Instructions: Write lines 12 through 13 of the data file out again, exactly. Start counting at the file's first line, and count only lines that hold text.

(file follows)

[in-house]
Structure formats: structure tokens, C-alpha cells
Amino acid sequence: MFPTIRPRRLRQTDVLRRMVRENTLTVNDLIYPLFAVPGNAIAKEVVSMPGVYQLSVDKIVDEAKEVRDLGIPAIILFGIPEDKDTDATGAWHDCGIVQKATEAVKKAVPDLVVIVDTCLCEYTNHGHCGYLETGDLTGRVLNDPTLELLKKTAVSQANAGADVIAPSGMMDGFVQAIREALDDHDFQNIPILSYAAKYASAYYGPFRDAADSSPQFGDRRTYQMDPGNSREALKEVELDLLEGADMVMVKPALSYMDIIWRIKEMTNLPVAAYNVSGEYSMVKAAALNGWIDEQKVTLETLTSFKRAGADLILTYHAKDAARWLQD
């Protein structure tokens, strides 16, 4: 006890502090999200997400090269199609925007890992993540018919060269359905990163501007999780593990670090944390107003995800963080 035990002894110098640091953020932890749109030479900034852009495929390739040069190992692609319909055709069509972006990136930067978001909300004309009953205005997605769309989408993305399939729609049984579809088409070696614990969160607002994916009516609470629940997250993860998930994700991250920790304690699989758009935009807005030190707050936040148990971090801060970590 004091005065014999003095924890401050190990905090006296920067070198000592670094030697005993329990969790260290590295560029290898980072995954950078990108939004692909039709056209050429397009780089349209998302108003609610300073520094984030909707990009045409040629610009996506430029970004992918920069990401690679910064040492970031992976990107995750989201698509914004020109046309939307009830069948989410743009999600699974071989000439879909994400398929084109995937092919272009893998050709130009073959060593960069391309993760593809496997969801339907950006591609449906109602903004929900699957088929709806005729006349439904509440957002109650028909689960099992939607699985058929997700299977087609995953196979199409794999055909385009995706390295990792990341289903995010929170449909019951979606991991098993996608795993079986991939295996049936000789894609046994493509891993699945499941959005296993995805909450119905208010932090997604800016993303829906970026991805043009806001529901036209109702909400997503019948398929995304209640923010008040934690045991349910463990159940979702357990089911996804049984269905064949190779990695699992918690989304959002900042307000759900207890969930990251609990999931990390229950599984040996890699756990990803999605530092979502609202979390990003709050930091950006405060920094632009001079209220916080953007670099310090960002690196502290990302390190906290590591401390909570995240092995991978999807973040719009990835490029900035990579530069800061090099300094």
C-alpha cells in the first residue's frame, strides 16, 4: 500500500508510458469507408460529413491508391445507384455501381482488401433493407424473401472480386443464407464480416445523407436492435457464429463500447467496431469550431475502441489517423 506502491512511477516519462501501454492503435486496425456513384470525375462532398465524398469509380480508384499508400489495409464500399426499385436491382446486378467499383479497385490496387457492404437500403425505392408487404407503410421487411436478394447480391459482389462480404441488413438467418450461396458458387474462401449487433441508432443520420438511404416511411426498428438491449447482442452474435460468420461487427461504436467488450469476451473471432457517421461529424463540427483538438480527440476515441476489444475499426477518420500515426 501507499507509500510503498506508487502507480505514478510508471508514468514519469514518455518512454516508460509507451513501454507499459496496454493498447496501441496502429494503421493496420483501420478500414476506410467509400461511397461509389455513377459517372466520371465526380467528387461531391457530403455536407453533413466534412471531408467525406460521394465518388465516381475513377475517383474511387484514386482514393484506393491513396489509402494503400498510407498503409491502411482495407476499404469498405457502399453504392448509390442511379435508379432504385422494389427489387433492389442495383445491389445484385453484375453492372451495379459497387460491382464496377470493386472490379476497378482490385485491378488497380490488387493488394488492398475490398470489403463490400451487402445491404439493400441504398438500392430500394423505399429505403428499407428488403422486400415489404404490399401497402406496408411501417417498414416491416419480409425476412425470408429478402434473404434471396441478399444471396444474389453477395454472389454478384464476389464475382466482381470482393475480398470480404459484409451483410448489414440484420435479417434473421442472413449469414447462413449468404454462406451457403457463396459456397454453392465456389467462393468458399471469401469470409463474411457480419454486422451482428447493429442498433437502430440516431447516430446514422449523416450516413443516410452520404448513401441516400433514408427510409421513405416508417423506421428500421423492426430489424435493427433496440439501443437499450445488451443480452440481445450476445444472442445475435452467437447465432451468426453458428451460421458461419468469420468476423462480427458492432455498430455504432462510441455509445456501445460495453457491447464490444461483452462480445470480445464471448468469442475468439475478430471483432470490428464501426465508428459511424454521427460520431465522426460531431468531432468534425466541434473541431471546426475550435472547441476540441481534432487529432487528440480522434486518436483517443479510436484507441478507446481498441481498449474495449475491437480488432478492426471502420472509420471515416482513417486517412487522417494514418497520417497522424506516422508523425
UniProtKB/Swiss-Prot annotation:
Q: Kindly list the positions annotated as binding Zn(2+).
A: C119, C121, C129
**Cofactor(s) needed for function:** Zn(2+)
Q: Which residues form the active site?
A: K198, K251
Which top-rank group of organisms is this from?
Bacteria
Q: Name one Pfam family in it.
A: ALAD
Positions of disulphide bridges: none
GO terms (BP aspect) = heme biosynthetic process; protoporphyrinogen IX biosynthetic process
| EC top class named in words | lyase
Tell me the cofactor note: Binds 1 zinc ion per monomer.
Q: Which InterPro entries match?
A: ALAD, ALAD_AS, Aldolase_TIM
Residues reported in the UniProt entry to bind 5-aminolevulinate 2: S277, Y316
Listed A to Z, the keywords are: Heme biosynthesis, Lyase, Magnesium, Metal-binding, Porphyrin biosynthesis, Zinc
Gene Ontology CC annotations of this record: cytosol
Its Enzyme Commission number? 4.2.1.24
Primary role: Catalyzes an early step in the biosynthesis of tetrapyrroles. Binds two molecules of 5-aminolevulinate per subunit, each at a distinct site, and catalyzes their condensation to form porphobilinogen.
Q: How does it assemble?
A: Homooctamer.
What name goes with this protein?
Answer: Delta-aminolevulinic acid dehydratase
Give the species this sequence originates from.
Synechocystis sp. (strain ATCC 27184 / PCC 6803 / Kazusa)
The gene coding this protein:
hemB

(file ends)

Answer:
Which top-rank group of organisms is this from?
Bacteria